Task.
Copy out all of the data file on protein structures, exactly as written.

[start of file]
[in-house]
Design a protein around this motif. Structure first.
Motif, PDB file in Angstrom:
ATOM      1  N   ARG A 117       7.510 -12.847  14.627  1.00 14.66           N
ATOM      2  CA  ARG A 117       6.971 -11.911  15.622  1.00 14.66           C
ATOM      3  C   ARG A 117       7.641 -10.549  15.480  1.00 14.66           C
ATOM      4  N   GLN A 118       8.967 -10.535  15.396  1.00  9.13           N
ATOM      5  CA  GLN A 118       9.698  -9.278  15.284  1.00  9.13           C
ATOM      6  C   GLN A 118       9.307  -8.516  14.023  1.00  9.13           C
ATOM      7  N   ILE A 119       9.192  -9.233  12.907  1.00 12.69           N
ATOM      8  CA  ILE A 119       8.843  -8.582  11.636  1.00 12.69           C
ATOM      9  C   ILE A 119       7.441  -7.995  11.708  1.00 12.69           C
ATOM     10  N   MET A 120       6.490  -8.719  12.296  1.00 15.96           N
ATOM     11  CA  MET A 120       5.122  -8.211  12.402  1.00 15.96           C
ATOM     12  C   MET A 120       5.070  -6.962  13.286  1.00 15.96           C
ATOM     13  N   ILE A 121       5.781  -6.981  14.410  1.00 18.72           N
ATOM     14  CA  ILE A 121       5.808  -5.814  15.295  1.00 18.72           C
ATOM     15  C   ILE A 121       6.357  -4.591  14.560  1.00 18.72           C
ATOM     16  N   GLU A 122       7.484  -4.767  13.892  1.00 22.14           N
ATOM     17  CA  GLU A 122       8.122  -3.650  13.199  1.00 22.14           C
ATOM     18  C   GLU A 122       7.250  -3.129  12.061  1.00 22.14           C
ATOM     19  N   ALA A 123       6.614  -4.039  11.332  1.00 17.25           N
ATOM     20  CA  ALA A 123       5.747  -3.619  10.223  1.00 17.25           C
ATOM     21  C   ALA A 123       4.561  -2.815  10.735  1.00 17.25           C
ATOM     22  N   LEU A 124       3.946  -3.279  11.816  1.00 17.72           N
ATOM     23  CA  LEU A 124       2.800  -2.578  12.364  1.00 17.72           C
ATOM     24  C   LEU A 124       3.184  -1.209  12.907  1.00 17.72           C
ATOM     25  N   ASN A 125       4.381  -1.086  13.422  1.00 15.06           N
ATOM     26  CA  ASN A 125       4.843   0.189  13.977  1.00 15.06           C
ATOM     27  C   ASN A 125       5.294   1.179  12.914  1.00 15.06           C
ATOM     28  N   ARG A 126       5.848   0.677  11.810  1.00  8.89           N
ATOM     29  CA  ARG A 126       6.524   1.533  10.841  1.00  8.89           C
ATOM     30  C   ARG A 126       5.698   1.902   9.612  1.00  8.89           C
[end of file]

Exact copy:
[in-house]
Design a protein around this motif. Structure first.
Motif, PDB file in Angstrom:
ATOM      1  N   ARG A 117       7.510 -12.847  14.627  1.00 14.66           N
ATOM      2  CA  ARG A 117       6.971 -11.911  15.622  1.00 14.66           C
ATOM      3  C   ARG A 117       7.641 -10.549  15.480  1.00 14.66           C
ATOM      4  N   GLN A 118       8.967 -10.535  15.396  1.00  9.13           N
ATOM      5  CA  GLN A 118       9.698  -9.278  15.284  1.00  9.13           C
ATOM      6  C   GLN A 118       9.307  -8.516  14.023  1.00  9.13           C
ATOM      7  N   ILE A 119       9.192  -9.233  12.907  1.00 12.69           N
ATOM      8  CA  ILE A 119       8.843  -8.582  11.636  1.00 12.69           C
ATOM      9  C   ILE A 119       7.441  -7.995  11.708  1.00 12.69           C
ATOM     10  N   MET A 120       6.490  -8.719  12.296  1.00 15.96           N
ATOM     11  CA  MET A 120       5.122  -8.211  12.402  1.00 15.96           C
ATOM     12  C   MET A 120       5.070  -6.962  13.286  1.00 15.96           C
ATOM     13  N   ILE A 121       5.781  -6.981  14.410  1.00 18.72           N
ATOM     14  CA  ILE A 121       5.808  -5.814  15.295  1.00 18.72           C
ATOM     15  C   ILE A 121       6.357  -4.591  14.560  1.00 18.72           C
ATOM     16  N   GLU A 122       7.484  -4.767  13.892  1.00 22.14           N
ATOM     17  CA  GLU A 122       8.122  -3.650  13.199  1.00 22.14           C
ATOM     18  C   GLU A 122       7.250  -3.129  12.061  1.00 22.14           C
ATOM     19  N   ALA A 123       6.614  -4.039  11.332  1.00 17.25           N
ATOM     20  CA  ALA A 123       5.747  -3.619  10.223  1.00 17.25           C
ATOM     21  C   ALA A 123       4.561  -2.815  10.735  1.00 17.25           C
ATOM     22  N   LEU A 124       3.946  -3.279  11.816  1.00 17.72           N
ATOM     23  CA  LEU A 124       2.800  -2.578  12.364  1.00 17.72           C
ATOM     24  C   LEU A 124       3.184  -1.209  12.907  1.00 17.72           C
ATOM     25  N   ASN A 125       4.381  -1.086  13.422  1.00 15.06           N
ATOM     26  CA  ASN A 125       4.843   0.189  13.977  1.00 15.06           C
ATOM     27  C   ASN A 125       5.294   1.179  12.914  1.00 15.06           C
ATOM     28  N   ARG A 126       5.848   0.677  11.810  1.00  8.89           N
ATOM     29  CA  ARG A 126       6.524   1.533  10.841  1.00  8.89           C
ATOM     30  C   ARG A 126       5.698   1.902   9.612  1.00  8.89           C